Modeling Strength and Resilience to Our Children After a School Shooting
The school shooting in Santa Fe, Texas left the school staff, community members, and parents feeling frightened and overwhelmed. How do we reconcile what happened in Santa Fe and model strength and resilience to our children? How do we attend funerals of young people who were at the desk next to our children every day? How do we offer comfort when we ourselves feel frightened and unsure? These are questions on parents’ minds as they prepare to send their children back to school.
No one said being parent was easy, and it is especially true now. Your children are looking to you for guidance, reassurance, and healthy coping skills. Below are important points you will want to make sure you talk about and practice with your children:
Validate your child’s feelings. The most important thing is to acknowledge how this tragedy has left our children feeling. Don’t try to avoid the pain by covering it up or using distractions as a form of healing. Post-traumatic stress disorder, depression, anxiety, and anger will only worsen if your child is not able to talk about the incident and begin the process of healing.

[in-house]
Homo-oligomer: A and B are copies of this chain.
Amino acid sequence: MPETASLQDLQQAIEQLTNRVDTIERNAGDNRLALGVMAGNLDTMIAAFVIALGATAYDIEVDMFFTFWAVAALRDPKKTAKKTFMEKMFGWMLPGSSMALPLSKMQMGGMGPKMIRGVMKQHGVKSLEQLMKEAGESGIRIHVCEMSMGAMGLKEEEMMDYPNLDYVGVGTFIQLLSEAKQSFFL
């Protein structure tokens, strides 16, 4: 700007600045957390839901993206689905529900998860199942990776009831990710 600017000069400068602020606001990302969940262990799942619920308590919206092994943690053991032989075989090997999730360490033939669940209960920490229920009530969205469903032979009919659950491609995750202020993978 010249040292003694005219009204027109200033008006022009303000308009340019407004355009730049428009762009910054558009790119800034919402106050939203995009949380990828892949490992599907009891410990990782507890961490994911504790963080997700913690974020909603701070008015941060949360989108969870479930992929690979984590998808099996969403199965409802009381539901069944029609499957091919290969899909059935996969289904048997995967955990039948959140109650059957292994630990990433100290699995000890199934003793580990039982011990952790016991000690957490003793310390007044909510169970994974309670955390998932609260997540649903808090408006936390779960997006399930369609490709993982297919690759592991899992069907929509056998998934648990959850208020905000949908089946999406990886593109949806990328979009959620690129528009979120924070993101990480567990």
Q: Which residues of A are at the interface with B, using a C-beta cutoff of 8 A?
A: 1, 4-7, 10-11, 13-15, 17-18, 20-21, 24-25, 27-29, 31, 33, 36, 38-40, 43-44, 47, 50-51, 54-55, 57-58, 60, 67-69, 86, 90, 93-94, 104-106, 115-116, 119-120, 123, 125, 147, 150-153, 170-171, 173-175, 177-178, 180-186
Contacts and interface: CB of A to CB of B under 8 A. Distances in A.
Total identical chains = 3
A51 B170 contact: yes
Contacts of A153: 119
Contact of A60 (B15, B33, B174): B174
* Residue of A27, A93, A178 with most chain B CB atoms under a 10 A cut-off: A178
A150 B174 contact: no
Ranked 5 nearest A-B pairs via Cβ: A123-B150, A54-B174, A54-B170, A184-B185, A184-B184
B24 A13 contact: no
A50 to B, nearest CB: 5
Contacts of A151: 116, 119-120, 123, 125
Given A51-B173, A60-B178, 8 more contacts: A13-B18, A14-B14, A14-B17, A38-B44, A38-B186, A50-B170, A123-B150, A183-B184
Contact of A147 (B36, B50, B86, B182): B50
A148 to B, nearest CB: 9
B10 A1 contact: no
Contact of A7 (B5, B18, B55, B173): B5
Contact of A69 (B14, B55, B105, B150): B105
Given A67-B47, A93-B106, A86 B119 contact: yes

Have clear boundaries and enforce them. Kids who are hurting may be more aggressive at home, and they need strong parental boundaries to protect them. Hitting walls or being disrespectful to a sibling is not a healthy way to deal with anger. Parents must step in and encourage healthy ways to deal with anger with exercise, writing, and coloring books.
Teach your child relaxation methods and do them together. Your children watch you, and they will do what you do. Telling them to relax is not as powerful as meditating with them, attending a yoga class together, or doodling with them. Kids who know how to calm themselves have more confidence and can handle hardship better.
Take a break and try a “time in.” A “time in” is your presence – being totally non-judgmental and there for your child. Talk about how they’re feeling. When they tell you they are sad, don’t react by trying to cheer them up; sit with them in their sadness. When a child understands they don’t have to “act happy” or fake a feeling, they are more open and honest. Your non-judgmental presence allows them to be real, which deepens trust.
Hold firmly to your values and live them. Your children develop their moral values by watching what you do, not what you say. Show them you are hopeful that you can make a difference in a world of violence. Encourage them with your behavior by facing your fears, managing your stress, reaching out to others who are hurting, and practicing your faith. Help your children understand that, during times of chaos, we are all connected.
As we send our children back to school, we do so with a hopeful heart and fear. Talking to your children and taking this step together will help you both feel stronger and more connected to the values that help you endure life’s tragic times.